Peggy Sirota

What is your workout philosophy?

I don't love the gym. For a good part of my 20s, while I was pounding the pavement auditioning for acting roles, I taught aerobics in New York. I did step class or good old high-impact aerobics and calisthenics.

I spent a lot of time in gyms, but I love a mind-body-spirit workout. And that's more easily done outside—swimming, hiking, or yoga.

Do you have a beauty regimen?

I have an embarrassingly uncomplicated routine. I do have potions that I put on at night and in the morning. I am obsessed with Beautycounter. But I'm really simple. I'm so boring in that way.

I should probably not say this, but I'm not going to make it up. I have mousy brown hair. The first time I dyed it red was when I got a job playing Ariel the Little Mermaid at a toy fair in New York. It was the worst job ever. 

I had never colored my hair before, and they said I could do a rinse-out dye. I started putting in highlights after that, and then eventually, I went red.

Do you keep a strict diet?

I've done a bunch of cleanses over the years. Raw food really worked for me, and so did the blood type diet. But after I turned 50, dieting became not so easy.

I used to be able to exercise or change what I ate, and in a few days, I was good. But that doesn't happen anymore. I'm in a new phase and haven't figured it out yet.

But moderation is important. I eat lots of fruits, vegetables, and clean proteins. And I try to stay away from sugar, which is a drug for me. Sugar impacts not only my weight but also my body chemistry.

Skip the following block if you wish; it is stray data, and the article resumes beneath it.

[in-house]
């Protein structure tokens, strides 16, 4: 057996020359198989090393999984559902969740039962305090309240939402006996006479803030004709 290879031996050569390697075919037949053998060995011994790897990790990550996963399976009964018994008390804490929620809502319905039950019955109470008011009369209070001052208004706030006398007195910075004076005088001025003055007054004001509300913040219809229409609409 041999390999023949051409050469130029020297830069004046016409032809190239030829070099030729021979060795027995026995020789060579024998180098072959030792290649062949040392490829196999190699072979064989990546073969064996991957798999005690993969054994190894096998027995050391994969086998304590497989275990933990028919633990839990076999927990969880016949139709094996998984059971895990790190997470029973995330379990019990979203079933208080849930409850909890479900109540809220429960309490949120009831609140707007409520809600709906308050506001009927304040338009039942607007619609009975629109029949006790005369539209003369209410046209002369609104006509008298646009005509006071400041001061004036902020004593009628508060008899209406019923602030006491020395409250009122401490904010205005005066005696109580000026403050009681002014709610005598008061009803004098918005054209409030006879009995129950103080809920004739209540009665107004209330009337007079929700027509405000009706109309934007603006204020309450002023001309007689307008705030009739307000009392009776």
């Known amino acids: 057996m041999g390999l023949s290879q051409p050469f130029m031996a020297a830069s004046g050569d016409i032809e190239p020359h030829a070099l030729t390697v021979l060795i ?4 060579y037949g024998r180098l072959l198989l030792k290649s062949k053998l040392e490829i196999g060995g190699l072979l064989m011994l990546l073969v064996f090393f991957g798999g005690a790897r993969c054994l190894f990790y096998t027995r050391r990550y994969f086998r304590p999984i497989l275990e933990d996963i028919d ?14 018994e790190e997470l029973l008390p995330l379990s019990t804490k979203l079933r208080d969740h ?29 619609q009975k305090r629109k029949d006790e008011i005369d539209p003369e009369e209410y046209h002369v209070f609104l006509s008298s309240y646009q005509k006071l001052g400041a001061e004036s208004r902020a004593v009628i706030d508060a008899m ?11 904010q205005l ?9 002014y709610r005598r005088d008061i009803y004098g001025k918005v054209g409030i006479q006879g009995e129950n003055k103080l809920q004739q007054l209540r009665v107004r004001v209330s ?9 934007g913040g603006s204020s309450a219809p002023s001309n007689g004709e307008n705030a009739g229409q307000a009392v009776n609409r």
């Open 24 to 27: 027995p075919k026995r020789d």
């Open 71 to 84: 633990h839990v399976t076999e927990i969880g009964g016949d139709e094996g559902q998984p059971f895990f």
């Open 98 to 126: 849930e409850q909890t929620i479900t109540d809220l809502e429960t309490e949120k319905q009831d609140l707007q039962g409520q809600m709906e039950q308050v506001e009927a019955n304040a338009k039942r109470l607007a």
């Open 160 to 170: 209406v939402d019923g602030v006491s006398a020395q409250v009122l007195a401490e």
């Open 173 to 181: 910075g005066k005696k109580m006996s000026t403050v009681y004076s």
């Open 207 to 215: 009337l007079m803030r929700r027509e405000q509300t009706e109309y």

Though, if I could have a chocolate chip cookie or really anything that is chocolate, I would be a very happy camper.

How has your sense of yourself changed as you've gotten older?

It's true what they say: Your body really does change. And I do for sure have those times when I don't feel good in my skin.

In your 40s, you have this genuinely acquired grounded wisdom, and your body is still recognizable. In your late 40s, it's like, "What is happening?"

But I'm not super hard on myself, and I allow myself to feel sexy. We have to be patient with ourselves. We are constantly evolving.

Peggy Sirota

What are your thoughts on social media?

I'm not a fan of social media. I think it's very hard to do social media when you're a parent. It feels like a job. And if you go deep into Instagram, you're seeing this edited, censored version of what everyone is up to. It jumbles your brain.

Even without social media, I was constantly comparing myself to others. I had a strong impulse to be negative, and I think a lot of women deal with that. I hope we can start changing the way we speak to ourselves.

Is your life how you pictured it would be?

I could never have dreamed it. Every day I'm bursting with gratitude. At the same time, if you had asked me what my life would look like, there is so much that I couldn't have imagined. I probably thought I'd have biological children, which I haven't.

I also thought I'd adopt a girl, and I got a boy. My family is very girl-dominated, so I was like, "What am I going to do with a boy?" He's such a great teacher to me.

What's next on your agenda?

I'm toying with the idea of taking a little break. I've been working nonstop for a very long time, and part of that is because I really love it. But I also want to spend more time with my son and spend more time with myself.

I want to be able to breathe and be present in those moments. And it's hard because my mind is always going in 20 different directions. But those are the moments that serve me most. And maybe I'll get back to taking some of those baths.

Was this page helpful?
Related Articles